Asclepias syriaca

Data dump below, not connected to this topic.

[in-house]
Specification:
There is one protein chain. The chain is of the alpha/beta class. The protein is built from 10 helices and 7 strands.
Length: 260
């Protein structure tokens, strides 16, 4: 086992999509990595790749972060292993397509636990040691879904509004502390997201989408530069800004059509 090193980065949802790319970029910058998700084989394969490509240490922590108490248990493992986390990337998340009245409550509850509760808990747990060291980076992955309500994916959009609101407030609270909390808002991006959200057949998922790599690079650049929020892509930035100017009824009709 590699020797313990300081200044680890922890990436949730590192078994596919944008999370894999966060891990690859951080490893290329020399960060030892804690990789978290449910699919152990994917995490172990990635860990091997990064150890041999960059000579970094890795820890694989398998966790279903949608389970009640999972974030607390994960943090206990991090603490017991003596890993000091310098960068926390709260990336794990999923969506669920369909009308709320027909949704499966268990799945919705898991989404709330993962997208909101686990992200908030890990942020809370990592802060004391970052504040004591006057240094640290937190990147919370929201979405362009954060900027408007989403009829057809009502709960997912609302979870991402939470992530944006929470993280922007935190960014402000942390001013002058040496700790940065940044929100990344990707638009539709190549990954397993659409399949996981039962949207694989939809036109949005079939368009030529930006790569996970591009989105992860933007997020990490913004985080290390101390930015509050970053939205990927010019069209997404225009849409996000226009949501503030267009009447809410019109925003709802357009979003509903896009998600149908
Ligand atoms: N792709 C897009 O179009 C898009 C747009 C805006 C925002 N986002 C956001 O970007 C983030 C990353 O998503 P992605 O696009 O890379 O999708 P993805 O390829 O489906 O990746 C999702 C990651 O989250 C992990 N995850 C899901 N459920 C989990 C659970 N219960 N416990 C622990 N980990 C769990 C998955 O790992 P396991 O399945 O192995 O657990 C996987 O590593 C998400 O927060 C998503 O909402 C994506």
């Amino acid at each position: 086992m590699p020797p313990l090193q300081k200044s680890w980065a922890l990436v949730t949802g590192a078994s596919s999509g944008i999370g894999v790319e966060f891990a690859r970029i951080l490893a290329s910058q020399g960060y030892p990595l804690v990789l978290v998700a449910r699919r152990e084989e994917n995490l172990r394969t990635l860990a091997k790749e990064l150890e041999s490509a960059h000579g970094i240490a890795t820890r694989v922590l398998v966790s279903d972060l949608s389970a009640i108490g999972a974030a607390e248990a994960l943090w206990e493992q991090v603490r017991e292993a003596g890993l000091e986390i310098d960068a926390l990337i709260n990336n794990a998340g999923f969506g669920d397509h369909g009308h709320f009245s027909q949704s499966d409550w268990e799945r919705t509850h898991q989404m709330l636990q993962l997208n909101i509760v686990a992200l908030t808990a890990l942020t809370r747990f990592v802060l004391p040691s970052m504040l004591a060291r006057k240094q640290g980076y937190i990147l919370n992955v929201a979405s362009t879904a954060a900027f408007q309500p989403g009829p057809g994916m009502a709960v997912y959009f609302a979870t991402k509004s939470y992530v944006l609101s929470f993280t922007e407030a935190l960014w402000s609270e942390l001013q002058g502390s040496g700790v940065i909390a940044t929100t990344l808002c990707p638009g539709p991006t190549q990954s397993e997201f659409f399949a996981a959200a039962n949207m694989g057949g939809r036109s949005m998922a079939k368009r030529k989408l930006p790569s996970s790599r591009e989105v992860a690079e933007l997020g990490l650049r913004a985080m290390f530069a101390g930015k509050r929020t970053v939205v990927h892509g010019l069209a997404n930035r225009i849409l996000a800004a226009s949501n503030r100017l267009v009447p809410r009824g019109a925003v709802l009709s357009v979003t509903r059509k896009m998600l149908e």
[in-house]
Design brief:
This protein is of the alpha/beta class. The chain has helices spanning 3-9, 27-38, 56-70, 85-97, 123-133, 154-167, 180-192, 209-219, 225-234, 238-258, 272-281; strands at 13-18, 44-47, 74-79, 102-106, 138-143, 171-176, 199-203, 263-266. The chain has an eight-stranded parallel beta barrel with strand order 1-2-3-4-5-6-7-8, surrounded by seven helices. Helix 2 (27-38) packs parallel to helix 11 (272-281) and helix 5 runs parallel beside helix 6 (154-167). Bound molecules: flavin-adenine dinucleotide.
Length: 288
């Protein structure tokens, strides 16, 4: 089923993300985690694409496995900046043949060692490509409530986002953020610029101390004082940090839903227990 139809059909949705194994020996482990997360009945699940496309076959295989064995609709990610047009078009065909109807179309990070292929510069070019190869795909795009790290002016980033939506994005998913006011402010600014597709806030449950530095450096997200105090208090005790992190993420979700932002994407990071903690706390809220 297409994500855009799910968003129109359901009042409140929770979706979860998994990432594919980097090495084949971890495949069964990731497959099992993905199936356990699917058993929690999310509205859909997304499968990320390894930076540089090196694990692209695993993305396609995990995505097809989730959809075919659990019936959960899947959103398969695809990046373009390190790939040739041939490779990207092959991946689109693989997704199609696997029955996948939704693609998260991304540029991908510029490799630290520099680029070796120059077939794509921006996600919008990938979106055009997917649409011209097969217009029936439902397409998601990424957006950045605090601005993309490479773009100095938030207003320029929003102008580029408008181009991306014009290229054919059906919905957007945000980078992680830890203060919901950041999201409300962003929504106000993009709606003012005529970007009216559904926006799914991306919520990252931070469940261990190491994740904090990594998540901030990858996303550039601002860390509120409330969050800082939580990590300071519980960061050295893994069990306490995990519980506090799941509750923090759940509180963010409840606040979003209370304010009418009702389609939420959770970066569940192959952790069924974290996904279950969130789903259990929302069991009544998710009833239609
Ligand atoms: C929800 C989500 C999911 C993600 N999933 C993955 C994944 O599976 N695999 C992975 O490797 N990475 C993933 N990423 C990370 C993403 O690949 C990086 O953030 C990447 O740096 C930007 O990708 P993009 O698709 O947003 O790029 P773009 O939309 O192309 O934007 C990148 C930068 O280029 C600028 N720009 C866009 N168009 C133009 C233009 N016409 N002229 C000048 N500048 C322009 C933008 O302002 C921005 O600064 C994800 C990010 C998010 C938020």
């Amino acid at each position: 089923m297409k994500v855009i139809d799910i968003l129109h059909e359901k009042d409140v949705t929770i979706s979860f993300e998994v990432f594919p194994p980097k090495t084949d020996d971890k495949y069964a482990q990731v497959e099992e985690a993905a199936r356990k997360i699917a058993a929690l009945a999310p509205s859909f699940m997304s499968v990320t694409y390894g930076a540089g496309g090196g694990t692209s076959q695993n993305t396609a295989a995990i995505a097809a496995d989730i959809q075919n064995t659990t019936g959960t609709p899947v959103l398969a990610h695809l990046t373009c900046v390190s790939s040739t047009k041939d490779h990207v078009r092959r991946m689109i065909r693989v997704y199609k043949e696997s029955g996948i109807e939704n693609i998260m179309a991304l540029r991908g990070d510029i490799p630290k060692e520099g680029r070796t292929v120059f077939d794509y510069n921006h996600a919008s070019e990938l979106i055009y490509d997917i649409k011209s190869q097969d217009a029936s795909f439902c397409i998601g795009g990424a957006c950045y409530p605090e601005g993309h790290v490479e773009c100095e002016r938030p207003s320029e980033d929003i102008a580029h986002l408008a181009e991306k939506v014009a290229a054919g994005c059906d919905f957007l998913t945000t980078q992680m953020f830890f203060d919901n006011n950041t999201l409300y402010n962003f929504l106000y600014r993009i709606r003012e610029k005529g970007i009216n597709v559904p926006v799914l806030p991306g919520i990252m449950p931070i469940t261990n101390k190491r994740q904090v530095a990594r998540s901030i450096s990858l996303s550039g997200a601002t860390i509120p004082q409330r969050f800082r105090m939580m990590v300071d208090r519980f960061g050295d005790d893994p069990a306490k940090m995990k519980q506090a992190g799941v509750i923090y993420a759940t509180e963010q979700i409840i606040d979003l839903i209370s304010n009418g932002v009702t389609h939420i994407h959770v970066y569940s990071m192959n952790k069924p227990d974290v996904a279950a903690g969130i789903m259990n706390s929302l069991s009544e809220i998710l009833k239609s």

Like most other plants, Asclepias syriaca is autotrophic. This means it produces its own food, specifically by photosynthesis. This process requires carbon dioxide from the atmosphere, water taken up from the ground by the roots, and energy from sunlight. Chlorophyll is also necessary for photosynthesis. This is the pigment that plants have in their leaves that allow them to be photosynthetic and gives them their green color. The products of photosynthesis are oxygen and sugar (glucose). The excess glucose may be stored for energy in the form of starch. Glucose is also transported throughout the plant as sucrose, a different structure of sugar. This is briefly illustrated in the diagram included. Plants have specialized cells and structures in order to distribute these nutrients. To bring water and minerals up from the roots to the leaves, there is primary xylem. Primary phloem transports the sucrose from the leaves to the rest of the plant. Relative to the xylem, phloem is on the outside of the plant and xylem is in the middle. Primary xylem and phloem are separated by the procambium. Many specialized cells and tissues in plants are needed to aid in photosynthesis, transport of nutrients, and support.                                                

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